Yesterday I posted a graph showing the Oilers' historical regular season performance expressed as a percentage of their standings points (or Pts%) relative to league average. In the comments Scott suggested that points are just one indicator of team strength and maybe not the best one. So I revisited the Goals For and Goals Against results from those same 30 seasons, and calculated the ratio between the two. This resulted in a revised graph which continues to represent standings points in the copper line with the blue markers, while GF:GA ratio is the overlaid red line. (Click to enlarge.)
The first and most striking result is just how close the two methods are. There are relatively few outliers, with one of the greatest ones appearing in the partial season that is 2009-10. By points the Oilers have just 75% of the league average, ranking 29th among the NHL's 30 teams; by GF:GA, the team is at 82%, 26th in the league. Which still stinks, it just isn't quite as awful as the club's standings suggest. If you believe that GF/GA is the better indicator of true team strength, a slight correction towards mediocrity might be expected; that said, Ales Hemsky is done for the season and Nikolai Khabibulin may well be, so all things are not created equal.
Put another way, if you have accepted that the Fall for Hall is the way to go, the Oilers are "lucky" to have a head start; they currently have about 4 fewer standings points than their GF/GA suggests they deserve to this point.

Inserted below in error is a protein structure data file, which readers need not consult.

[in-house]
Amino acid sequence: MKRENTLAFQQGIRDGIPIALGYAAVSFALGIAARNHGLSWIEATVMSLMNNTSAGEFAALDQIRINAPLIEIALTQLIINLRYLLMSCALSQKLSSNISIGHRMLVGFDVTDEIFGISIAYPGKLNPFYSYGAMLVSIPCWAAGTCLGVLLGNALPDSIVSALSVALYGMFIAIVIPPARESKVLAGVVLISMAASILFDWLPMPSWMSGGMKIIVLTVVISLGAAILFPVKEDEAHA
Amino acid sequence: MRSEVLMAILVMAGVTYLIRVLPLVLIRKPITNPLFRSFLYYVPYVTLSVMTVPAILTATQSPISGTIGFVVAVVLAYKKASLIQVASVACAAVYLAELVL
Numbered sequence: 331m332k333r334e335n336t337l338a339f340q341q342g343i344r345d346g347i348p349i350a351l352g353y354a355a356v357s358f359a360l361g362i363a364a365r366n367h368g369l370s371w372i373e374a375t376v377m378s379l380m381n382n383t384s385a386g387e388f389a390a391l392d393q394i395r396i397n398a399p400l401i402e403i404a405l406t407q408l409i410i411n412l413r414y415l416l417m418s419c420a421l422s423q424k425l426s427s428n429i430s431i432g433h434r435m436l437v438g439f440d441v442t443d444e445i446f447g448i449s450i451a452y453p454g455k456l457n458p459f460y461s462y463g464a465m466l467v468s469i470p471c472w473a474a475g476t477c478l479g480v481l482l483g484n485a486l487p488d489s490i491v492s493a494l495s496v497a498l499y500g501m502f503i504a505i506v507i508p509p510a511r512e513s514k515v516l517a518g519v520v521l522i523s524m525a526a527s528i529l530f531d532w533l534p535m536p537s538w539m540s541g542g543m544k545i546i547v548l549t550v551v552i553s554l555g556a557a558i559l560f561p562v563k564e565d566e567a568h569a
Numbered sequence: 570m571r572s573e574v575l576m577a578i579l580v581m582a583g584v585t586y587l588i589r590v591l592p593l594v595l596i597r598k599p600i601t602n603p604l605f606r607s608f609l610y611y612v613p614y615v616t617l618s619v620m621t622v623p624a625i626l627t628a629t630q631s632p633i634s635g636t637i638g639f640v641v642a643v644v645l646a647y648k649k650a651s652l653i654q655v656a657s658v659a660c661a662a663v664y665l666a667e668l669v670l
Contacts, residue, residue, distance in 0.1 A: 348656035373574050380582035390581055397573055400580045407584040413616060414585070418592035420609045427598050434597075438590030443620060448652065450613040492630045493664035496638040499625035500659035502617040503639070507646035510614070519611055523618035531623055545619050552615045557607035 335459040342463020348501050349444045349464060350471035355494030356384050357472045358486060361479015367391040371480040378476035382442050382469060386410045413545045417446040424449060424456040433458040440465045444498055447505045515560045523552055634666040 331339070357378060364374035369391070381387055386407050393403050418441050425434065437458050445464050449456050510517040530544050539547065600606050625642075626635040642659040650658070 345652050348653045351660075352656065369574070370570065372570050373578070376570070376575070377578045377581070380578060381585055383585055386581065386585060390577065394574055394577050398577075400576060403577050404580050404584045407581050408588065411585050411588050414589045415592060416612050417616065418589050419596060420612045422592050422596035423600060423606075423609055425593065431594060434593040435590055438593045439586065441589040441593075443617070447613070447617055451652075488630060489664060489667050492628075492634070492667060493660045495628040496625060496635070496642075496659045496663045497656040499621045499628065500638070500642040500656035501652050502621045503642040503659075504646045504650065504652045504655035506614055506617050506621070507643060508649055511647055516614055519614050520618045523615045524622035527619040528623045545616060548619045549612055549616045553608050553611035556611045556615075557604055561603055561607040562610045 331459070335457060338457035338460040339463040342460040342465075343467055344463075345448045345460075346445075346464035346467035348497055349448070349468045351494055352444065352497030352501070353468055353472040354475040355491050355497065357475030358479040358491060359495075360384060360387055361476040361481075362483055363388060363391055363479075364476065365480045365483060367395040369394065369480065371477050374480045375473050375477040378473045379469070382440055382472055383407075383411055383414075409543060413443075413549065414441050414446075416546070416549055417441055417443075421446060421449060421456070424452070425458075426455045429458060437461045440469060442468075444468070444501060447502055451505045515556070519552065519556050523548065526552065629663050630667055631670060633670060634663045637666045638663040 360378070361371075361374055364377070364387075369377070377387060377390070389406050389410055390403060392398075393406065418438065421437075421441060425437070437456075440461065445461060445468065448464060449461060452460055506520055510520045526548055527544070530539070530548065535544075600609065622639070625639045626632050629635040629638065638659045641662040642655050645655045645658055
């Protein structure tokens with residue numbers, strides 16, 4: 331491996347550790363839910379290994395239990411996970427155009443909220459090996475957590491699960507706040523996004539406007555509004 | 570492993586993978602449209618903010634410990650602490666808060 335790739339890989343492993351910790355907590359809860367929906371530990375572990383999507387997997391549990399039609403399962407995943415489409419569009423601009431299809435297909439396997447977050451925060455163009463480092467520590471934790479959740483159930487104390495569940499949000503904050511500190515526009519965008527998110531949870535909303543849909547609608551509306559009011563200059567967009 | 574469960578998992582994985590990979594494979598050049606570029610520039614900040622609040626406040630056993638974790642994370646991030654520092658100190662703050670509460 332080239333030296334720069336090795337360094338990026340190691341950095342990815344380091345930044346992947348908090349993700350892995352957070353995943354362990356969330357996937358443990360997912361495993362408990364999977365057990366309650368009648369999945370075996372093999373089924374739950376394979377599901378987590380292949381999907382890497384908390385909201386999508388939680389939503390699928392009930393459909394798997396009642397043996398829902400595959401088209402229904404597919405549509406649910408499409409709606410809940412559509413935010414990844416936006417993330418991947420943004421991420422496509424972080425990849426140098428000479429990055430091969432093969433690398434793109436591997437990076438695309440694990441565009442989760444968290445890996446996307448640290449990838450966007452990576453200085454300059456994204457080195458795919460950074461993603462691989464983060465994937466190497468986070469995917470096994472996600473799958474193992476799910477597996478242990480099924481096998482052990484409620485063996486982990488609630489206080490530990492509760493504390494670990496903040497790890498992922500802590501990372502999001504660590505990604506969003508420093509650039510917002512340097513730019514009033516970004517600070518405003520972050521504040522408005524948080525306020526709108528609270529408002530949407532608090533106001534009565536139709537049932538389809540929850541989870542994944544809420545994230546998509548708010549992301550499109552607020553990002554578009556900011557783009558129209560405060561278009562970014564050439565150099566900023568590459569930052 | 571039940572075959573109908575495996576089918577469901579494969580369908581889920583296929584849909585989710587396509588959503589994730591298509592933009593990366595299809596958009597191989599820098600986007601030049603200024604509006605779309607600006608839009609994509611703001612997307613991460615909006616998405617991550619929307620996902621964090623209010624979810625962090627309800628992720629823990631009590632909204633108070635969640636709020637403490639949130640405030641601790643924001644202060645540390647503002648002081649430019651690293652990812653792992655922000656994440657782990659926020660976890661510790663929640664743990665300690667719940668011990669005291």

More after the jump.
This chart breaks down the Oilers GF (blue) and GA (red) vs. the NHL average for each season. Note that the GA line is inverted; it is represented as [NHL Avg / Oilers] so that >100% is better than league average for both data sets. Thus in 2009-10, GF (97%) is just a little below league average but GA is considerably worse that that, challenging 1995-96 as the second worst defensive season in franchise history. It is that area which must be fixed first if this team is to regain any semblance of respectability; I would be shocked if defensive play wasn't Pat Quinn's highest priority in the current boot camp.
Historically speaking, the great Oiler teams hung their hat on offence as everybody knows; defensively, the team hung around just slightly better than league average throughout the Gretzky years, with the best balance between the two achieved in 1989-90, the year of the last Cup; and 2005-06, the year of the improbable Finals run. By way of contrast, in the team's finest defensive season in 2001-02 (2nd in GA), the Oilers missed the playoffs, derailed by a popgun offence. That was one of just 5 seasons in club history that the club was better defensively than it was offensively.
It's again interesting to compare the club's two 4-year runs of futility. Both times their offensive output absolutely crashed through the floor in the first of those years. Each time the Oilers quickly recovered at least a respectable level of offence, but their defensive game fell apart in the process.
In case you're not depressed enough already, consider the Oilers decade-over-decade performance over their first 30 seasons in the NHL. Note that all seasons are prorated as equal, although the 1995-95 season was truncated to 48 games and the current season is only 44/82 complete. Since those partial seasons both rank among the Oilers worst-ever, they will have a slightly disproportionate drag on overall results. Doesn't much matter; it's not exact science, and the trends are all too clear.